The U.S. dollar gained ground against its major rivals on Thursday as traders looked ahead to the Jackson Hole symposium for more insights about the Fed’s plan to scale back bond purchase program.
The Federal Reserve Chairman Jerome Powell is expected to provide some hints on the central bank’s tapering timeline.
Comments from Fed officials at the meeting may impact the outlook for monetary policy following recent indications the central bank plans to begin scaling back asset purchases this year.
Traders also reacted to President of the St. Louis Fed James Bullard’s comments that he is of the view that the central bank should start tapering bond purchases in the fall and finish the process by the first quarter of next financial year. He has also called for a rate hike by end 2022.
Meanwhile, the Kansas City Federal Reserve President George said the Fed should start trimming its monthly bond purchases “sooner rather than later” even though the delta variant poses a risk to the US economic outlook.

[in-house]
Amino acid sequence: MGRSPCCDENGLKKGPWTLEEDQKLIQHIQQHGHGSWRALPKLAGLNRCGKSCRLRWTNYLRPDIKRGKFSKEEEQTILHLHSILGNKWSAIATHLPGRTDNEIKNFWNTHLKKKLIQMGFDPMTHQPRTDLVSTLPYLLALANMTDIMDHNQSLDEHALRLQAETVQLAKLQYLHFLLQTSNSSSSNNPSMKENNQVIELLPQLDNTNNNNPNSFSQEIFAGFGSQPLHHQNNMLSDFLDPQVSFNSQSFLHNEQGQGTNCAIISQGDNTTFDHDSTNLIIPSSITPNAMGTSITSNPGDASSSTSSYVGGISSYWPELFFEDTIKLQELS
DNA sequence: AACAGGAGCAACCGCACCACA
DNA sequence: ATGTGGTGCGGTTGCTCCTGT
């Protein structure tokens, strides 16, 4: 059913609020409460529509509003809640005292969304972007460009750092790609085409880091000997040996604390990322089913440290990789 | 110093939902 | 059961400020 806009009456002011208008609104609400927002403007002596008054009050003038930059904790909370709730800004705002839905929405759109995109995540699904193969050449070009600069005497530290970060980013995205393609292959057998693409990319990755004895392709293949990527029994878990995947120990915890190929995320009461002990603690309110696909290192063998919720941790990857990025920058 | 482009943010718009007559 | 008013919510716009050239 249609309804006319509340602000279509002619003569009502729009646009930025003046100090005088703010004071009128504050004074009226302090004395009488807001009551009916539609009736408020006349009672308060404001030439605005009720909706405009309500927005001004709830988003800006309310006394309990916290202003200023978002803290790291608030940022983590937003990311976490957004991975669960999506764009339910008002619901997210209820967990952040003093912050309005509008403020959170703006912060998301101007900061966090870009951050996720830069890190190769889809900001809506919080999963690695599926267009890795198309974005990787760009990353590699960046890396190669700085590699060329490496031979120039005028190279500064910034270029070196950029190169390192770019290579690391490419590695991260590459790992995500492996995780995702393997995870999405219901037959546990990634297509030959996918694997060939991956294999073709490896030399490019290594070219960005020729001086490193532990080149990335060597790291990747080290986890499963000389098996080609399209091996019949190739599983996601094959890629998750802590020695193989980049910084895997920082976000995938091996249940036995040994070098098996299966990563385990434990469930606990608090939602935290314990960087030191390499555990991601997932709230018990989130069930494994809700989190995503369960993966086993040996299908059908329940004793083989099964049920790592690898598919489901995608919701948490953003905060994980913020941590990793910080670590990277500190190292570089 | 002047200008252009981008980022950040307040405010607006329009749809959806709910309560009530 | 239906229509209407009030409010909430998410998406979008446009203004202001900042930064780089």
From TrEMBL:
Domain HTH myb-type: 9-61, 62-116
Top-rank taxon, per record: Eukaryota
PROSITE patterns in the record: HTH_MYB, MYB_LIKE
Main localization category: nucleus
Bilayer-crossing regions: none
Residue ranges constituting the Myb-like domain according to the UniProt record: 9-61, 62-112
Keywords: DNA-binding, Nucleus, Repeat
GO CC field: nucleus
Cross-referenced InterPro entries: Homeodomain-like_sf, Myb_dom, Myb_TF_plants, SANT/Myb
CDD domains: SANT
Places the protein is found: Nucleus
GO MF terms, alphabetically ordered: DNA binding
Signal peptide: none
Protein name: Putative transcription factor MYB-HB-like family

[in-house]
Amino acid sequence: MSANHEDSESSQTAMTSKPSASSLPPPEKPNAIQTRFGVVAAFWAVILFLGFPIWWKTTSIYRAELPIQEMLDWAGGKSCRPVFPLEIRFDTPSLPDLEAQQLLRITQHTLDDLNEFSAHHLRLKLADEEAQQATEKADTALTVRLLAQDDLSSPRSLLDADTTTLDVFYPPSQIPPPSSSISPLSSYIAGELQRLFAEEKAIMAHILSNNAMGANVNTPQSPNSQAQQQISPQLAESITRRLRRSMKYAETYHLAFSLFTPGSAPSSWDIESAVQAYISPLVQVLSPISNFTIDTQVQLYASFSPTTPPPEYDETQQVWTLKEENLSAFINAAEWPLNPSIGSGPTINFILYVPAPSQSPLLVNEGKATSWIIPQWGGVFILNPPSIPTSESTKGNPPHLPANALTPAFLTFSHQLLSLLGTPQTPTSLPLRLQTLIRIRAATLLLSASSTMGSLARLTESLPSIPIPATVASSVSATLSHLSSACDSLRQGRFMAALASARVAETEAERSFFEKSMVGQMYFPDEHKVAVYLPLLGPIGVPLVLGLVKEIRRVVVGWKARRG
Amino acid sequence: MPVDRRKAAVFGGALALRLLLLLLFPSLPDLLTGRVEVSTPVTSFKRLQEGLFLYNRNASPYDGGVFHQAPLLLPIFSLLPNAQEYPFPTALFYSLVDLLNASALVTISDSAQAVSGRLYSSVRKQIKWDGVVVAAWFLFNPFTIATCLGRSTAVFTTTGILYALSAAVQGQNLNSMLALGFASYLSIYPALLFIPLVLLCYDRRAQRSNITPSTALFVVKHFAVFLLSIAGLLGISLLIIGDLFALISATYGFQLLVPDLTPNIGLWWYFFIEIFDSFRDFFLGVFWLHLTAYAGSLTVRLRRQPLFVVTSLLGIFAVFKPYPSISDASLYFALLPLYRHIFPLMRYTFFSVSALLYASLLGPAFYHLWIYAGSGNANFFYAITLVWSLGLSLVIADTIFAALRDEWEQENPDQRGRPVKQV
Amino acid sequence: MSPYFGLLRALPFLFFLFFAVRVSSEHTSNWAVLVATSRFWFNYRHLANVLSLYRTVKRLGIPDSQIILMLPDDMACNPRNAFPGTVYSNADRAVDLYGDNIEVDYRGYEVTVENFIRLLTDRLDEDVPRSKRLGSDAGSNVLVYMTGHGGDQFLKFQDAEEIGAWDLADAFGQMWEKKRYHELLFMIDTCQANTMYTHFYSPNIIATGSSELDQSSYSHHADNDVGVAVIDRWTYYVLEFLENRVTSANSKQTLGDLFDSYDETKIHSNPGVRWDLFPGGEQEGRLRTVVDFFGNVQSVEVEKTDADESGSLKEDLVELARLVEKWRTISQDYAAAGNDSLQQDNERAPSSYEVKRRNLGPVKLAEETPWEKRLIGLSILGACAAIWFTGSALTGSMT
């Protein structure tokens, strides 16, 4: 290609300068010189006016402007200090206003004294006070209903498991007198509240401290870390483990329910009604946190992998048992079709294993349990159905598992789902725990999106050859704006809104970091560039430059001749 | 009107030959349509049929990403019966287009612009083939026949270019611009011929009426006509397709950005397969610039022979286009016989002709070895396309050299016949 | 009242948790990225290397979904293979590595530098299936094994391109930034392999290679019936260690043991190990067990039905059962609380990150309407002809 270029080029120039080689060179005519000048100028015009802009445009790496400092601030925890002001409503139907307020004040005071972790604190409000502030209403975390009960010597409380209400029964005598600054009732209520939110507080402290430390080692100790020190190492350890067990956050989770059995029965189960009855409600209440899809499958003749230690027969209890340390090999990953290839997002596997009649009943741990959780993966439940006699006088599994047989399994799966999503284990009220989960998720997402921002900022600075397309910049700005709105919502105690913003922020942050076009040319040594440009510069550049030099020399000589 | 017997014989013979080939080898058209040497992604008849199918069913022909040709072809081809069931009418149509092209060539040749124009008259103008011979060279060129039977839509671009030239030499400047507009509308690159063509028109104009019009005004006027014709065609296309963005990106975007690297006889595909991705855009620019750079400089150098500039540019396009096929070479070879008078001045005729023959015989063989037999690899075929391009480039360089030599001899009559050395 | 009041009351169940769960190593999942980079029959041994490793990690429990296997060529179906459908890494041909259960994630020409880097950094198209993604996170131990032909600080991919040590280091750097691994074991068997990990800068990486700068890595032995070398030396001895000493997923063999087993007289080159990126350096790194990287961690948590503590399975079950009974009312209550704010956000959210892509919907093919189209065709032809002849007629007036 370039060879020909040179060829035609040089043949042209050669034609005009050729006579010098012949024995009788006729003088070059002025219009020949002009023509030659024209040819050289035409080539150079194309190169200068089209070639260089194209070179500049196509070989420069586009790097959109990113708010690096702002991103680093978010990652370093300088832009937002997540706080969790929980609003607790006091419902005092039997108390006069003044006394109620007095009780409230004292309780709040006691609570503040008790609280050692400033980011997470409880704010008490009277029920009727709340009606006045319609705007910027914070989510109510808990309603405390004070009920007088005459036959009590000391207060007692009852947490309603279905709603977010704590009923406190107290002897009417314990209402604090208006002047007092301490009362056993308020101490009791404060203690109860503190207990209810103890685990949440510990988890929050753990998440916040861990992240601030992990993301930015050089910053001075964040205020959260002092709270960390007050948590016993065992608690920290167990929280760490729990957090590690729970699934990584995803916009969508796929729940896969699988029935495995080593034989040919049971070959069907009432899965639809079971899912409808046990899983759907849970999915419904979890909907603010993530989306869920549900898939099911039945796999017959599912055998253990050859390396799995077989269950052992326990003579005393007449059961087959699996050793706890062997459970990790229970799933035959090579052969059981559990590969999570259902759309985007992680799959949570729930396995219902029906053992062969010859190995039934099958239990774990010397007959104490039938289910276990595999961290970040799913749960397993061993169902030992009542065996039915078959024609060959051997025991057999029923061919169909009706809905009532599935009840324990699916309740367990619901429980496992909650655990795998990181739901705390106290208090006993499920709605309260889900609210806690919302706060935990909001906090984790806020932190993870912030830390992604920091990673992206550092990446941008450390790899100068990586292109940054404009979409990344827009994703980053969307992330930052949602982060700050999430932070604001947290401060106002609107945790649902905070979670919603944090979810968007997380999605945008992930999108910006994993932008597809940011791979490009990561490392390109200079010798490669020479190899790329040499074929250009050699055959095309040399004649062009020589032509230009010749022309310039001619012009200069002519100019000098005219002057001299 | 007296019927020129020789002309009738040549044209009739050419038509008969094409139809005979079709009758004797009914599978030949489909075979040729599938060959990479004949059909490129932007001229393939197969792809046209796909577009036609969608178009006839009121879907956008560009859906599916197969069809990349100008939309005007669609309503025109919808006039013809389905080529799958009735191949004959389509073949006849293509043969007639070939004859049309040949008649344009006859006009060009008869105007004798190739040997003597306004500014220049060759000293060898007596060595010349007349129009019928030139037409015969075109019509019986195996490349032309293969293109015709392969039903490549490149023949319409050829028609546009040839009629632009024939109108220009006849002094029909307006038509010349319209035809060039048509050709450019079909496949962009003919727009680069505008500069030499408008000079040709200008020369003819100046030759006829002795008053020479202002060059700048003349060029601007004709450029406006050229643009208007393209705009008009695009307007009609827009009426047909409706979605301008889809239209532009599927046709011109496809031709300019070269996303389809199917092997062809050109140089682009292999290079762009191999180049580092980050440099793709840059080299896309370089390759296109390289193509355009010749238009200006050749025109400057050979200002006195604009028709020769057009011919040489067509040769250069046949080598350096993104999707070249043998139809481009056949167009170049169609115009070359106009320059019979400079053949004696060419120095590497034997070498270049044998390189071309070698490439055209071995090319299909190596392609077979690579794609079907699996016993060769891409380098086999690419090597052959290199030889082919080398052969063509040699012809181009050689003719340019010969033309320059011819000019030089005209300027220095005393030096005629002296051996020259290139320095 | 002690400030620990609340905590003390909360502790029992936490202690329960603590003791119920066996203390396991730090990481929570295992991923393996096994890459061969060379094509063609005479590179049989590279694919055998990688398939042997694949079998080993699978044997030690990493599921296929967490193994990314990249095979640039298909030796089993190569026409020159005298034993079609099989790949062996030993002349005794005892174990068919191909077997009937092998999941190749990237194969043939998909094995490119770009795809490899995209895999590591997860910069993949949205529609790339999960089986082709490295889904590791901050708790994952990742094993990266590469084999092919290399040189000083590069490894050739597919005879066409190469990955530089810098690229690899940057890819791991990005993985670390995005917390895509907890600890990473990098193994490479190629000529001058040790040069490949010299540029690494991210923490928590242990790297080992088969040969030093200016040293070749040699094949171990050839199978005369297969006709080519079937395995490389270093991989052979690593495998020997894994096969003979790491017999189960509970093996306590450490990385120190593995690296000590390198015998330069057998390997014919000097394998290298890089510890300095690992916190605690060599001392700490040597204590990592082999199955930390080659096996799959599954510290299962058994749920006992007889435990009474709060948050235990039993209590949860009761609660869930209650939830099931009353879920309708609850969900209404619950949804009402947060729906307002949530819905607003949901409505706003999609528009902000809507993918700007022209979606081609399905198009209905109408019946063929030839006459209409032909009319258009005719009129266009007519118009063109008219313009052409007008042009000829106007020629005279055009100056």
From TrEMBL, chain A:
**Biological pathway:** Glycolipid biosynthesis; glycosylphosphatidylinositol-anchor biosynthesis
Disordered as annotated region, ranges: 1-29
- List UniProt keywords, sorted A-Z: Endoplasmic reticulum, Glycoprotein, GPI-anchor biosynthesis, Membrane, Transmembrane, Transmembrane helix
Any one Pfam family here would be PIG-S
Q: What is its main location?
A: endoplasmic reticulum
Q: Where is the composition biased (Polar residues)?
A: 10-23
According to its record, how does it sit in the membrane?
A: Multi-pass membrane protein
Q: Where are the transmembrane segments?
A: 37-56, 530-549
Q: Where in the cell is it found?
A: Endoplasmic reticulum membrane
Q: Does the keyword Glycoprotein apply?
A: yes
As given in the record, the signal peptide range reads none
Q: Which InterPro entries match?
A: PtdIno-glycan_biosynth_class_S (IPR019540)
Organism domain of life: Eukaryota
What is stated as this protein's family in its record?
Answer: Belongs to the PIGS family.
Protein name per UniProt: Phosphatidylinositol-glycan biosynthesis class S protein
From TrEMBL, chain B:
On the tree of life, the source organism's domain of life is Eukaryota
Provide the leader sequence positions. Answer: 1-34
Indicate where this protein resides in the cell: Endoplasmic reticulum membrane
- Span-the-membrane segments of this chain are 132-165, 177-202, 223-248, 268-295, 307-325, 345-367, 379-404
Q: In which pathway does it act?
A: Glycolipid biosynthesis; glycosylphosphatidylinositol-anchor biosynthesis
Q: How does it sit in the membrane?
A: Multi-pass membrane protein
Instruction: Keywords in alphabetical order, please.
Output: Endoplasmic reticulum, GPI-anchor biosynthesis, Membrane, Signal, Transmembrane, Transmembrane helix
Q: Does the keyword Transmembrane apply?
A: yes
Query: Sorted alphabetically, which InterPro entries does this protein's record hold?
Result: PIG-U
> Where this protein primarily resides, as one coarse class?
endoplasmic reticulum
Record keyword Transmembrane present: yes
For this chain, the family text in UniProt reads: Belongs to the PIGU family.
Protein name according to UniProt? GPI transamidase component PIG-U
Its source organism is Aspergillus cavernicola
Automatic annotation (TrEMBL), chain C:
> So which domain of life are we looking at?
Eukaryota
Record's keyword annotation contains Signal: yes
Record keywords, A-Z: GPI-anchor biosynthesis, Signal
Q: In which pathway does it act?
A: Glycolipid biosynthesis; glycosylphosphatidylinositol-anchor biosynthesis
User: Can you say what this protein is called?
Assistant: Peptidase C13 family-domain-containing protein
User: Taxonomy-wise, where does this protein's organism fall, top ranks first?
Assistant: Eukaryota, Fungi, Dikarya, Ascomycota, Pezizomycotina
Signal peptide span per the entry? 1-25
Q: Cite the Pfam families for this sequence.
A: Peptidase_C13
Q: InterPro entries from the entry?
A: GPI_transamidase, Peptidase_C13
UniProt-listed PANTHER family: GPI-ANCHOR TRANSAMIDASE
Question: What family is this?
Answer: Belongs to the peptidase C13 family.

First-time claims for U.S. unemployment benefits edged slightly higher in the week ended August 21st, according to a report released by the Labor Department on Thursday.
The report said initial jobless claims inched up to 353,000, an increase of 4,000 from the previous week’s revised level of 349,000.
Economists had expected jobless claims to tick up to 350,000 from the 348,000 originally reported for the previous week.
Meanwhile, a report from the Bureau of Economic Analysis said the US economy advanced an annualized 6.6 percent on quarter in the second quarter, slightly higher than an earlier estimate of 6.5 percent. However, the increase was below the 6.7 percent increase analysts had forecast.
The dollar index climbed to 93.08, gaining nearly 0.3%
Against the Euro, the dollar firmed to $1.1752 from $1.1772.
The Pound Sterling weakened against the dollar, and was fetching $1.3700 a unit a few minutes before the end of the session, compared to $1.3763 Wednesday evening.
The Yen edged down marginally to 110.08 a dollar.
Against the Aussie, the dollar strengthened to 0.7237 from 0.7276.
The Swiss franc slid to 0.9179 a dollar from 0.9138. Data from Swiss Federal Statistical Office showed non-farm payrolls in the country increased by 0.6% year-on-year to 5.126 million in the second quarter of 2021, after a 0.6% decline in the previous three-month period.
The dollar was firm against the Loonie at C$1.2685, compared with the previous close of C$1.2593, as crude oil prices drifted lower on demand worries.